Erdoğan sacks central bank chief after Turkish lira slumps
Turkish President Recep Tayyip Erdoğan sacked and replaced the governor of the central bank after the lira slid to successive record lows against the dollar.
Erdoğan dismissed Governor Murat Uysal via a presidential decree early on Saturday, appointing former Finance Minister Naci Ağbal in his place. He gave no reason for the dismissal.
Ağbal becomes the third governor of Turkey’s central bank in 16 months. Erdoğan sacked and replaced Uysal’s predecessor Murat Çetinkaya in July last year and threatened further dismissals should bank officials fail to support his government’s pro-economic growth policies.
The Turkish lira has slid by 30 percent against the dollar this year, the worst performance in major emerging markets, raising spectre of a repeat of a currency crisis in 2018. Losses have accelerated since the central bank decided to keep the benchmark interest rate on hold at 10.25 percent at a meeting on Oct. 22. Most economists had expected a hike, pointing to the lira’s losses and a 2-percentage point increase in September, the first in two years.
Erdoğan opposes increases in interest rates saying they are inflationary, suggesting that Ağbal’s ability to contain further losses for the lira through higher borrowing costs may be undercut.
Turkish Treasury and Finance Minister Berat Albayrak, Erdoğan’s son-in-law, has said he is seeking a “competitive currency” to help bolster exports and economic growth. This week, he told members of the governing Justice and Development Party (AKP) that the Turkish authorities would not intervene in the currency markets unless there was an emergency, according to local media. Higher interest rates hurt the economy, he said.
The government has used lower interest rates in the country to engineer a borrowing boom among consumers and businesses. But the policy has widened the country’s current account deficit sharply after demand for imports surged.
Investors are warning that the central bank’s failure to hike interest rates substantially could send the economy off the rails. The benchmark interest rate sits below the annual consumer price inflation rate of 11.9 percent. Earlier this week, Dutch bank Rabobank said a rate hike of at least 5 percentage points would probably be needed to steady the lira.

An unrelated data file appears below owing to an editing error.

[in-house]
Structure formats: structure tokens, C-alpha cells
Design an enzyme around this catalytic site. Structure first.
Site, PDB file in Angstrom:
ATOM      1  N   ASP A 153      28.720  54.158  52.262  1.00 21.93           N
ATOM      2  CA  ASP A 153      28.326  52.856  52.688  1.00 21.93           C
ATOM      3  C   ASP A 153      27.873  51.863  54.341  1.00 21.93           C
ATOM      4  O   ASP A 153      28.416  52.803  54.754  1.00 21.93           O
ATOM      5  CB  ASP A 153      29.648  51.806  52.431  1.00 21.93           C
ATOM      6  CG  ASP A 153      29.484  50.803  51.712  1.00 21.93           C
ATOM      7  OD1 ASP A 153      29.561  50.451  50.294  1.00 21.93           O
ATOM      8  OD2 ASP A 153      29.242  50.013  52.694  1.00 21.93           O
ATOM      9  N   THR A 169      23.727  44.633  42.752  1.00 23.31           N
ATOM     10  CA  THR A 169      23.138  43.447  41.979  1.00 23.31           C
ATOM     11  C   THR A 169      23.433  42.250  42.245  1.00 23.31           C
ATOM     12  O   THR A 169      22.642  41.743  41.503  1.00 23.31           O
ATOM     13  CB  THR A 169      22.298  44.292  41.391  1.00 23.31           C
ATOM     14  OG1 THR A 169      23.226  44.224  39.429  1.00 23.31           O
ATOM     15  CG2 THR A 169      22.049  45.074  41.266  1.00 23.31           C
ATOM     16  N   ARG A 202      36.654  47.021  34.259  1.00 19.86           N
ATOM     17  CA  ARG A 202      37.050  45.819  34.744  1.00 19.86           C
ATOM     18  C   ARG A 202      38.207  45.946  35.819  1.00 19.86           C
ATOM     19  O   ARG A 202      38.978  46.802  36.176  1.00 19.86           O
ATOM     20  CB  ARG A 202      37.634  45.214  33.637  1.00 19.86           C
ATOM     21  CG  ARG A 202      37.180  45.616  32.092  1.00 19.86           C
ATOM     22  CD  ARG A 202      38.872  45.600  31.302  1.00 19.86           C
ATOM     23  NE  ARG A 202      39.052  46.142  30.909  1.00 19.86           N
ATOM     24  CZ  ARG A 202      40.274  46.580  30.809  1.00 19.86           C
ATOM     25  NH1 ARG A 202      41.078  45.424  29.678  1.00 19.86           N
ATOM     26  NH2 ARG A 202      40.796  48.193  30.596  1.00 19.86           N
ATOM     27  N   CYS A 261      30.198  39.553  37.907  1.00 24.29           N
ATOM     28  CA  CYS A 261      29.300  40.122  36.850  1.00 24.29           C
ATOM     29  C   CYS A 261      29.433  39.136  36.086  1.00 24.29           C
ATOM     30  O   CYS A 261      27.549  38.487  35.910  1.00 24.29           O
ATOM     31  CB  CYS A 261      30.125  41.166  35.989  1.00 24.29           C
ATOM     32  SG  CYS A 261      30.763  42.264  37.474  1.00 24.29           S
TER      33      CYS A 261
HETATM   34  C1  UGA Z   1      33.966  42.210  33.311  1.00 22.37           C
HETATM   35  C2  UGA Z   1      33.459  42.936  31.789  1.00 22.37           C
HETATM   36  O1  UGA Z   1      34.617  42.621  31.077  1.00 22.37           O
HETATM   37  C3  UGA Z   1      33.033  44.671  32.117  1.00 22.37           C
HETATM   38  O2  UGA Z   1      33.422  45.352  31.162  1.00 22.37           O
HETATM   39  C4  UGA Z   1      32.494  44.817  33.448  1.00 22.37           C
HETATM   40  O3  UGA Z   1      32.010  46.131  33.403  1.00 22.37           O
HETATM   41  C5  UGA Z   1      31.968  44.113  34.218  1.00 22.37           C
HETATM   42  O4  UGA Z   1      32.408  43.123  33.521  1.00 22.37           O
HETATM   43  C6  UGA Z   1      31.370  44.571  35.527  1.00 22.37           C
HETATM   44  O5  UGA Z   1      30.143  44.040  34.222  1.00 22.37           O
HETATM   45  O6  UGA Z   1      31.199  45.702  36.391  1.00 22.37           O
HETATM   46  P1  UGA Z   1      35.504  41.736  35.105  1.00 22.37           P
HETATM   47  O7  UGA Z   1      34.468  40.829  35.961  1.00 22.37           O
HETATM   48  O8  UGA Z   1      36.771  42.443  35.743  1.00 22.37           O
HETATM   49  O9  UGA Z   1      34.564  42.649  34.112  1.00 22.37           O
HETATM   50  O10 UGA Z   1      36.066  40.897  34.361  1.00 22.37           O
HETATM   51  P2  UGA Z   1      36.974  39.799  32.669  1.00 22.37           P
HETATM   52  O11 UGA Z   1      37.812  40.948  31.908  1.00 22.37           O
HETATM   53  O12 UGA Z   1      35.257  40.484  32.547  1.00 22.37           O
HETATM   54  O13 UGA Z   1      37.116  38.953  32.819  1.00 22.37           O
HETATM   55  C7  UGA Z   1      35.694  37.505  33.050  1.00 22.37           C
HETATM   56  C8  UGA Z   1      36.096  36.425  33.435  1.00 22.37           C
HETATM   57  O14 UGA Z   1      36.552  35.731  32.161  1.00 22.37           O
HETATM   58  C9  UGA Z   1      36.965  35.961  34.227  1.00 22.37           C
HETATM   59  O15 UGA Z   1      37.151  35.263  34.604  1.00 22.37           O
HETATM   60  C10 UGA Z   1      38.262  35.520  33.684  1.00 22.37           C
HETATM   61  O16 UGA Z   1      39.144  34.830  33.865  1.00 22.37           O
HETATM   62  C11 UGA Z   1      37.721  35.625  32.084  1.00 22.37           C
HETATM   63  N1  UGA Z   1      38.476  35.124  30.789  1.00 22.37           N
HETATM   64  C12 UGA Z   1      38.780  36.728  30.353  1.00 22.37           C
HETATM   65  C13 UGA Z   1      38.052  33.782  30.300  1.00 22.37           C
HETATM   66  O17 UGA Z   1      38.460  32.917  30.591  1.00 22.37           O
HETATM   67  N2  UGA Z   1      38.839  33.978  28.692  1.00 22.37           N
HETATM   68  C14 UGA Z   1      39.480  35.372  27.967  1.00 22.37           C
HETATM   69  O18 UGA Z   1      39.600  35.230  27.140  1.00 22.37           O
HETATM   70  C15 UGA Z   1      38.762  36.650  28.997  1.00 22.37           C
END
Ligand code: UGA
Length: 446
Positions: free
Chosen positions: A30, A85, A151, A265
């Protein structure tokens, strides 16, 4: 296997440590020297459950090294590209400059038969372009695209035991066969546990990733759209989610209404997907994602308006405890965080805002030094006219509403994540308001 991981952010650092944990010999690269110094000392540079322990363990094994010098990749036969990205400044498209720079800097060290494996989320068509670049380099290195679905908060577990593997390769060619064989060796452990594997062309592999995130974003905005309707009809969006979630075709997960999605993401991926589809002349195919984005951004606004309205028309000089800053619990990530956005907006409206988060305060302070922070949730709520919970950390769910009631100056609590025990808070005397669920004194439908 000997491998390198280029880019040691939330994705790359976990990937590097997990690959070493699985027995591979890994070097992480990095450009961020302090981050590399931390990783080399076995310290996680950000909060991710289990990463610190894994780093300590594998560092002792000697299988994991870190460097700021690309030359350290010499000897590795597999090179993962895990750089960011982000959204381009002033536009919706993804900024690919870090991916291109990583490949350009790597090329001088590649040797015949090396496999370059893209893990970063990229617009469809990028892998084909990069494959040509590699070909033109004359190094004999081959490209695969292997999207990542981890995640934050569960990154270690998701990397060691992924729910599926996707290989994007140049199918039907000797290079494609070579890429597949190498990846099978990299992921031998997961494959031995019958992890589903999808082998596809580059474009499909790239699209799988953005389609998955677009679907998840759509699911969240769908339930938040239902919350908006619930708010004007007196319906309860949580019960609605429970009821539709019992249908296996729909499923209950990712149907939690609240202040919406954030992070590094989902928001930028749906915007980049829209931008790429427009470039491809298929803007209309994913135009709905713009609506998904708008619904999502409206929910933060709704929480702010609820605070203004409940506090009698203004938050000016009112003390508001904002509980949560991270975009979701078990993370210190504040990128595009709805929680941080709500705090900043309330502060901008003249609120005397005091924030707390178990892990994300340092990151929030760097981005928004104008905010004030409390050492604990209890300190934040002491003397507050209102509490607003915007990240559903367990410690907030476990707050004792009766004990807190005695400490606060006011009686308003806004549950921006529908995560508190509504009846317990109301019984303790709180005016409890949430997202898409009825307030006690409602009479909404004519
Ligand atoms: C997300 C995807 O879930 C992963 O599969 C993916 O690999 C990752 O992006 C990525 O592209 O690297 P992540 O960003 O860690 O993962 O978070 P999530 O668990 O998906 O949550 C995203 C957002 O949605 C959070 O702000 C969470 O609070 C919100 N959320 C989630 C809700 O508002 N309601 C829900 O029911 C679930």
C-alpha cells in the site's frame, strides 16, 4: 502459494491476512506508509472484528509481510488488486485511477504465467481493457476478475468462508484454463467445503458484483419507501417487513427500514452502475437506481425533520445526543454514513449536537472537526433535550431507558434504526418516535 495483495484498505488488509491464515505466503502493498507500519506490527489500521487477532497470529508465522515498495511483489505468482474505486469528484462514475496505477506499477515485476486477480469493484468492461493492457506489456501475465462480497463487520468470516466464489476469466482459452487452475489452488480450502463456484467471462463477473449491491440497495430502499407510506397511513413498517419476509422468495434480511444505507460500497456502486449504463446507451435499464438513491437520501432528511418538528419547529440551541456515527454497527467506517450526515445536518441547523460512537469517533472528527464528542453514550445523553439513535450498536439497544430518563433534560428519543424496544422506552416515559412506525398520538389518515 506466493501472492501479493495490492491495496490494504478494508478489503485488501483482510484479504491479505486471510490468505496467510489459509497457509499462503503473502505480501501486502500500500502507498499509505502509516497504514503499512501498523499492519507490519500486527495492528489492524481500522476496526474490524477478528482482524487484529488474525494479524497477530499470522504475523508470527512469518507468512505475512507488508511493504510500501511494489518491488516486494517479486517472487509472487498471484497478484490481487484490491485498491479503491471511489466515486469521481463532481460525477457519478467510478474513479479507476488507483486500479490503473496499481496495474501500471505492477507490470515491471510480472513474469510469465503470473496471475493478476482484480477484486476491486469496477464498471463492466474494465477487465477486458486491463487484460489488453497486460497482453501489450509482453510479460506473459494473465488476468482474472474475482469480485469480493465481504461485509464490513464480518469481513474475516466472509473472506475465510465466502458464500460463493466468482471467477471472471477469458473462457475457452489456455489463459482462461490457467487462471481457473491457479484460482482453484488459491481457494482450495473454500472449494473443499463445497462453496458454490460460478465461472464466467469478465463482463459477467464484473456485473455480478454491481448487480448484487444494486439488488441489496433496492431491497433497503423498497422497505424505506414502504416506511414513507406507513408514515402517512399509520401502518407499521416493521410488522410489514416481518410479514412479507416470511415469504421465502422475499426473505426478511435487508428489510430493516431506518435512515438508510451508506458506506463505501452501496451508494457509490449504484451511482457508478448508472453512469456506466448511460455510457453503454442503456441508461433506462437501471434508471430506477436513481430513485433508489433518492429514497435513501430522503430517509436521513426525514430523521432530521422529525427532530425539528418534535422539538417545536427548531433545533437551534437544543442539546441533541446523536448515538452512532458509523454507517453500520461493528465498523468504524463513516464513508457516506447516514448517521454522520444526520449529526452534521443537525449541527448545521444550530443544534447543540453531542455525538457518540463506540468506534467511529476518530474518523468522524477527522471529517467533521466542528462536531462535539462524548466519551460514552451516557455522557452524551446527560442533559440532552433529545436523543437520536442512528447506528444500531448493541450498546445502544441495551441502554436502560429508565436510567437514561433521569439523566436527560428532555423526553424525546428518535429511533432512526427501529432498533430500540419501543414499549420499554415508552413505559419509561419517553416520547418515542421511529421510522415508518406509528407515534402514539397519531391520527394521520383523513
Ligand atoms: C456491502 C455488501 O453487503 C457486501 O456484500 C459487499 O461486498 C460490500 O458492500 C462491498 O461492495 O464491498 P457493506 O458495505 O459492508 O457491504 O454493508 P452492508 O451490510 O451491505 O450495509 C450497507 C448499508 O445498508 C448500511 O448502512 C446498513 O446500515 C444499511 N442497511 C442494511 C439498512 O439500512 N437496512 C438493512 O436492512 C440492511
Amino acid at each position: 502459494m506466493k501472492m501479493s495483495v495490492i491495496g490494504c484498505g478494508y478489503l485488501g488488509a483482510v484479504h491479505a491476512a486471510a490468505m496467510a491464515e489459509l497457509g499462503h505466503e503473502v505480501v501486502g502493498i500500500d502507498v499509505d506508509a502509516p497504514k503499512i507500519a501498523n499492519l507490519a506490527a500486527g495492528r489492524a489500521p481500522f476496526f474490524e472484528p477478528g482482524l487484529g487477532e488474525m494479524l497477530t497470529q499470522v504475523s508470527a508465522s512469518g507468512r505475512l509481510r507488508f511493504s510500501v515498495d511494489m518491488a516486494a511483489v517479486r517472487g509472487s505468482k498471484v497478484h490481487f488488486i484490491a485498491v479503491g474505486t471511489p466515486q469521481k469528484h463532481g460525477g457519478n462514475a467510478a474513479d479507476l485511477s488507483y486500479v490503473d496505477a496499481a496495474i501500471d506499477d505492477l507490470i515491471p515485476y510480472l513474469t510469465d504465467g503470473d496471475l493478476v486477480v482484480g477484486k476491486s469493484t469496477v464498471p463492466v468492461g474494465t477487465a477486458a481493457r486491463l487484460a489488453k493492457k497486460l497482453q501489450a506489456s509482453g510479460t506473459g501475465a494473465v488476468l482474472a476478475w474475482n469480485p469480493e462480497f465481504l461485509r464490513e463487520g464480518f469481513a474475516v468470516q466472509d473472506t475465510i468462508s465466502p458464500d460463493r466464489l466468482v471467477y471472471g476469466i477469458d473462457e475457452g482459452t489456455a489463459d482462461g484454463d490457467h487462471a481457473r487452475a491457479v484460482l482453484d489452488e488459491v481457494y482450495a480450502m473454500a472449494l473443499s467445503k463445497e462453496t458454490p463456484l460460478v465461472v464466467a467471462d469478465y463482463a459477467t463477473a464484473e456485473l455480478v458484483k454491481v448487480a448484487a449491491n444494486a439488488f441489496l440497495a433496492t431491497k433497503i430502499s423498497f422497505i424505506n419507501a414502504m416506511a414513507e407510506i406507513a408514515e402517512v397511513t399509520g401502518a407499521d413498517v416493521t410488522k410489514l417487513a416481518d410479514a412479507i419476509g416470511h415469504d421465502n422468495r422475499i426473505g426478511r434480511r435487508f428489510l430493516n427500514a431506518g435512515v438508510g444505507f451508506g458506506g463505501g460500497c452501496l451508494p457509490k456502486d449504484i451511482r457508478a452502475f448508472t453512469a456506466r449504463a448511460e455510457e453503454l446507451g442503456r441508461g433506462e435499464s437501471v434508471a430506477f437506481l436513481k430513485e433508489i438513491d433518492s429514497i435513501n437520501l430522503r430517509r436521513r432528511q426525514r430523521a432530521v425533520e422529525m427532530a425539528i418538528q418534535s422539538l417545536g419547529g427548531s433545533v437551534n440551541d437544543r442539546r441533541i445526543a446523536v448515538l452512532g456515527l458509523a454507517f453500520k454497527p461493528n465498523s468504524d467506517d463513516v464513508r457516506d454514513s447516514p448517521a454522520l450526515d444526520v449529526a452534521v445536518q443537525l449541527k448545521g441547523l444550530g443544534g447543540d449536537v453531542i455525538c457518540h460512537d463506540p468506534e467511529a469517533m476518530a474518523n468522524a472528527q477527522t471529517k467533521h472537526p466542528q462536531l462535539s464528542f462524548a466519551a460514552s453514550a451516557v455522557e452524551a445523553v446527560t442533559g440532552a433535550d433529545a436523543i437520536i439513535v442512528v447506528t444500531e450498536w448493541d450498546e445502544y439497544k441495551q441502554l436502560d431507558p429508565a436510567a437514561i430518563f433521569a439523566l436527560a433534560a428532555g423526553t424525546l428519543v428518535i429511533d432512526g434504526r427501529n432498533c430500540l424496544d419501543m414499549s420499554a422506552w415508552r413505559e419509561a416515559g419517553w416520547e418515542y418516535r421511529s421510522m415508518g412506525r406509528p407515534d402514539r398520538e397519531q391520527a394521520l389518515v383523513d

The lira dropped to a record low of 8.5778 per dollar on Friday. It clawed back some of those losses later in the day, closing the week down 1.2 percent at 8.5243 per dollar.
London-based research firm Capital Economics said there was an increased likelihood of a repeat of the 2018 currency crisis because of central bank inaction. The turmoil two years ago, partly caused by an overheating economy, resulted in a deep economic recession.
“The political backdrop means that there is a good chance that policymakers would fail to do enough to soothe investors and another currency crisis ensues,” Jason Tuvey, senior emerging markets economist at the company, said in a report to clients this week.
Ağbal, 52, served as finance minister between November 2015 and July 2018, before becoming the chief of Erdoğan’s Directorate of Presidential Strategy and Budget. He served as undersecretary of the Finance Ministry between 2009 and 2015, earning the respect of foreign investors by helping to reform the ministry and ensure budget discipline.
The central bank has “limited independence” from political pressure for lower interest rates, Douglas Winslow, the main analyst on Turkey for credit ratings agency Fitch, told Reuters in an interview published on Friday. “A track record of being slow to respond to events” raises the risk of market instability, he said.
Instead of raising its benchmark interest rate, the central bank has increased average borrowing costs for banks within a so-called interest rate corridor. The borrowing costs have increased to more than 13 percent from around 7.5 percent in July as the central bank suspended lending at lower rates of interest.
Monetary policymakers are next due to meet on interest rates on Nov. 19.